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Tuesday, November 22, 2011

Extended Warranties Often No Bargain

According to recent Federal Trade Commission(FTC)  reports, extended warranties, offered by third party warranty companies for everything from cars to small electronics, are a much better deal for the seller than the purchaser. In fact, the profit margin for the sale of an extended warranty is often greater than the profit margin on the original product. The manufacturer, insurance company, or third party warranty company is betting on the product not breaking down during the 2-3 year period that goes along with most extended warranties.

Its wise to check around to determine what offers are available for an extended warranty for your vehicle,truck, van, SUV, or motorcycle, for example, you can reportedly get a better deal from an automobile insurance company as compared to the automobile manufacturer's extended warranty offering. Read the fine print and compare the coverage from company to company rather than just going with the first extended warranty company or other supplier that has the lowest price as its not just about low cost protection. The time to look into extended coverage is actually before your current automobile warranty expires so you are not left unprotected.

In the event you are experiencing defects or issues under the original manufacturer's warranty period, a lemon law attorney could assist in reviewing your issues to determine if they constitute filing a lemon law claim. Each state has its own set of requirements and the Magnuson-Moss Federal Warranty Rights Act, also known as the federal lemon law also offers consumer protection.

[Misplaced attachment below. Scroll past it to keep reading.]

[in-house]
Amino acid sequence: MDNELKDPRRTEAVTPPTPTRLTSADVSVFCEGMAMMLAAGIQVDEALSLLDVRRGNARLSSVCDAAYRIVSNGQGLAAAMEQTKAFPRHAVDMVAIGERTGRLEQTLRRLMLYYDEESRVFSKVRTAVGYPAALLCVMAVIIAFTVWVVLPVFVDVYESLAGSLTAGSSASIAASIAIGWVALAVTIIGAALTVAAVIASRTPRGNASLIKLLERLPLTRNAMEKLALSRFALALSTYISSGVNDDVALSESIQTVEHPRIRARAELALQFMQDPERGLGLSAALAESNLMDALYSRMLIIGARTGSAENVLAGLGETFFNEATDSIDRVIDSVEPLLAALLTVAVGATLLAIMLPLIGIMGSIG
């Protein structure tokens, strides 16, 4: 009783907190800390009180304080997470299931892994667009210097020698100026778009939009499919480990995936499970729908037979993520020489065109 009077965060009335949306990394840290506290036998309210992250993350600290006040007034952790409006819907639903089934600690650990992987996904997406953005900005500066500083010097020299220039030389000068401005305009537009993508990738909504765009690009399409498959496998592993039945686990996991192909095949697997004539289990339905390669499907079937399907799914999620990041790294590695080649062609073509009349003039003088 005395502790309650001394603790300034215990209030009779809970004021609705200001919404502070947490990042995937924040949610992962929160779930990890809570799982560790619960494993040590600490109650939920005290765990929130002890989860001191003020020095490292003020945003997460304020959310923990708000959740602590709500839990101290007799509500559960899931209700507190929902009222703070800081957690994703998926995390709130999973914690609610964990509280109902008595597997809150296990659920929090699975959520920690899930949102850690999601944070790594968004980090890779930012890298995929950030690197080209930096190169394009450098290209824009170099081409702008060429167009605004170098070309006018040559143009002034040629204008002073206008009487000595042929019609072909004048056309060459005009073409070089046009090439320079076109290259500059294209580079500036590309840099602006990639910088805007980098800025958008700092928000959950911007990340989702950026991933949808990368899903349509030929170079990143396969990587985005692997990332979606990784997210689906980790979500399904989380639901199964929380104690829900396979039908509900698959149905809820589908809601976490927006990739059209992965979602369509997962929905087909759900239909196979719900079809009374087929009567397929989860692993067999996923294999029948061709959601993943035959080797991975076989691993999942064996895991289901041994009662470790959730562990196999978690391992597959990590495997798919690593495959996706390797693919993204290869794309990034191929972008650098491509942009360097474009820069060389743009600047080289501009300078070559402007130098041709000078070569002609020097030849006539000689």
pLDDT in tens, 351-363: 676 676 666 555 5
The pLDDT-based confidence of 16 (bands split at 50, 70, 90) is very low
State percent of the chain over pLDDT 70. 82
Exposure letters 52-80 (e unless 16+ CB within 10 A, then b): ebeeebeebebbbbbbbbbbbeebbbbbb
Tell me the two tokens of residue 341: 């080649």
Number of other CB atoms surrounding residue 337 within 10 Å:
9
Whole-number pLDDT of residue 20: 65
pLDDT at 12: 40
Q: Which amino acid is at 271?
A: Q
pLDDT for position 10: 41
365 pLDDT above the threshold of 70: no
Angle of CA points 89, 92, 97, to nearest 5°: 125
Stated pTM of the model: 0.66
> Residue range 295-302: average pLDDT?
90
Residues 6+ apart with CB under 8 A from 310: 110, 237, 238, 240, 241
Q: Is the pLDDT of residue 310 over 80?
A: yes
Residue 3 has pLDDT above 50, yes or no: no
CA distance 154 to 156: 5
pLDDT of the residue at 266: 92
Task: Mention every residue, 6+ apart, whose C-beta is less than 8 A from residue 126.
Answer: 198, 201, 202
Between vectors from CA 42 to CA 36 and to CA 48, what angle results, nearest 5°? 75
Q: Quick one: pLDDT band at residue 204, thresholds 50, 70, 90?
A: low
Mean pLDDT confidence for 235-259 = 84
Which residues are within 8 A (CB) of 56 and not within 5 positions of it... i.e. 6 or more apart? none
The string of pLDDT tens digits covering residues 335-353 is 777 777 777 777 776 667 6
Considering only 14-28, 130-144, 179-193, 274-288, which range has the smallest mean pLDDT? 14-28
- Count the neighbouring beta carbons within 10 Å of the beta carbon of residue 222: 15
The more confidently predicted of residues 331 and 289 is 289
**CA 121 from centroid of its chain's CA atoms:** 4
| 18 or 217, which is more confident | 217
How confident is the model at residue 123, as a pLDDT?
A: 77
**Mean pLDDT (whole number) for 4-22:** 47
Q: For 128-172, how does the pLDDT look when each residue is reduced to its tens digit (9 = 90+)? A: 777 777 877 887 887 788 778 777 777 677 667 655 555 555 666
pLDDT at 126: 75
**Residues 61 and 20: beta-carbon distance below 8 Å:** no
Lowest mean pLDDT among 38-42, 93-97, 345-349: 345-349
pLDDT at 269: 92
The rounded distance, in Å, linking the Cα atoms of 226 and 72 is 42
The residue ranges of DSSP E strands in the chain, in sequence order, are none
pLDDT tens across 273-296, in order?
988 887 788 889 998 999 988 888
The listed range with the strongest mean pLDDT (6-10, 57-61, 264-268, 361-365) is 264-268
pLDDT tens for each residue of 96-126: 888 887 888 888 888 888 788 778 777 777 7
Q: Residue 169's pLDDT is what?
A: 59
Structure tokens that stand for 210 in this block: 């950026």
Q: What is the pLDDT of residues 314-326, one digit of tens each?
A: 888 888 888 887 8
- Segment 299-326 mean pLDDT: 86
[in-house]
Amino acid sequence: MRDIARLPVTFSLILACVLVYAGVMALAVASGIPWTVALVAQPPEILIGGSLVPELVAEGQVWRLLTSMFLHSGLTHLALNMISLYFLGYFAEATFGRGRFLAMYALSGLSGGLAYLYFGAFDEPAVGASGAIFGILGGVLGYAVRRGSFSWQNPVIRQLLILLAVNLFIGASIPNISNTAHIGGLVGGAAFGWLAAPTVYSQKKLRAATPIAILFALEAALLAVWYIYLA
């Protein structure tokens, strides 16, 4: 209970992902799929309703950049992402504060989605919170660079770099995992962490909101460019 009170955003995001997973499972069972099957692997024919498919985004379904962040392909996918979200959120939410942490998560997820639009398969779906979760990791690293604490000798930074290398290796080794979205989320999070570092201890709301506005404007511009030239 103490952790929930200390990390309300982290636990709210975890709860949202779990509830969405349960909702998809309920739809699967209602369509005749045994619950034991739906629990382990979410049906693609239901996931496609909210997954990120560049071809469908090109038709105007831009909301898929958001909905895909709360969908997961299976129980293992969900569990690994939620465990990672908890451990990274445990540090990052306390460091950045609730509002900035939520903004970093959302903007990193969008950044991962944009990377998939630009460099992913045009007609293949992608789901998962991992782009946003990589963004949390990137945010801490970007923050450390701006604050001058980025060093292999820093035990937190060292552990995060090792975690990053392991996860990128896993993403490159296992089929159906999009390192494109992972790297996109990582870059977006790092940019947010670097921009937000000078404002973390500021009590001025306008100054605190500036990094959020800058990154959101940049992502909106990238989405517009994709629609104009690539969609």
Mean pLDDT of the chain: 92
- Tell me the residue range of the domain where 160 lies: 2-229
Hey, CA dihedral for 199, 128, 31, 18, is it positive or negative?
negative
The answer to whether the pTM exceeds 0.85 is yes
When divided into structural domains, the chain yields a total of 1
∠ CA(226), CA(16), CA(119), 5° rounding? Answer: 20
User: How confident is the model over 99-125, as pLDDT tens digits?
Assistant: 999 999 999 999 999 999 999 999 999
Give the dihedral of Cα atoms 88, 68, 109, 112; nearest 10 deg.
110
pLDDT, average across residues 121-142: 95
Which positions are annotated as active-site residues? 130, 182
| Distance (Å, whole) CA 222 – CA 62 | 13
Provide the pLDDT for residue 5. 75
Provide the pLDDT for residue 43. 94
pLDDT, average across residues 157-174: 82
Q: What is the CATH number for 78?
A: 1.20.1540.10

Find out more about manufacturers warranties and the lemon law.

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Wednesday, November 16, 2011

Your Used Vehicle Purchased in Mississippi Could Have a "Washed Title"

What happens to a totaled car? Much of the time, it's sold for scrap. Sometimes, though, it is rebuilt and put back on the road. Maybe the job was done well. Maybe it was not. These vehicles can look perfectly fine but, on further inspection, turn out to be "lemon law buybacks" or rebuilt vehicles that are not what they appear to be.

In most states, the consumer protection laws require that a rebuilt vehicle has to say 'Rebuilt' on the title. This means a prospective purchaser knows what they are getting and can decide whether or not its worth it to take the risk. In a few, however, it is possible to 'wash' the car's title, meaning that there is no indication that the vehicle was totaled, salvaged and then rebuilt. Mississippi is one of those states. Title washing is also done to conceal the fact that a vehicle might have been flooded, a common problem in the state.

These vehicles do need to be inspected before the clean title is issued. However, the inspection is commonly perfunctory. It is performed by the Mississippi Bureau of Investigations, an agency more concerned with finding stolen parts than with the safety of the vehicle. And the fee is only $75. In other states, legislation places tighter controls on who can rebuild a vehicle and in most cases, the title always has to carry 'rebuilt', regardless of the end condition of the vehicle so you would be aware of purchasing a vehicle with inherent issues. Still, in Mississippi, people can be driving around in vehicles that are literally put back together from pieces, and not even be aware.

The good news is that this dangerous practice may soon be stopped. The Mississippi House is currently reading House Bill #485, which would tighten up the procedures needed to obtain title on a salvaged vehicle. Meanwhile, Mr. Ensign introduced a bill to the U.S. Senate entitled 'Passenger Vehicle Loss Disclosure Act of 2011', which has now been referred to committee. This bill would address the situation at the Federal level.

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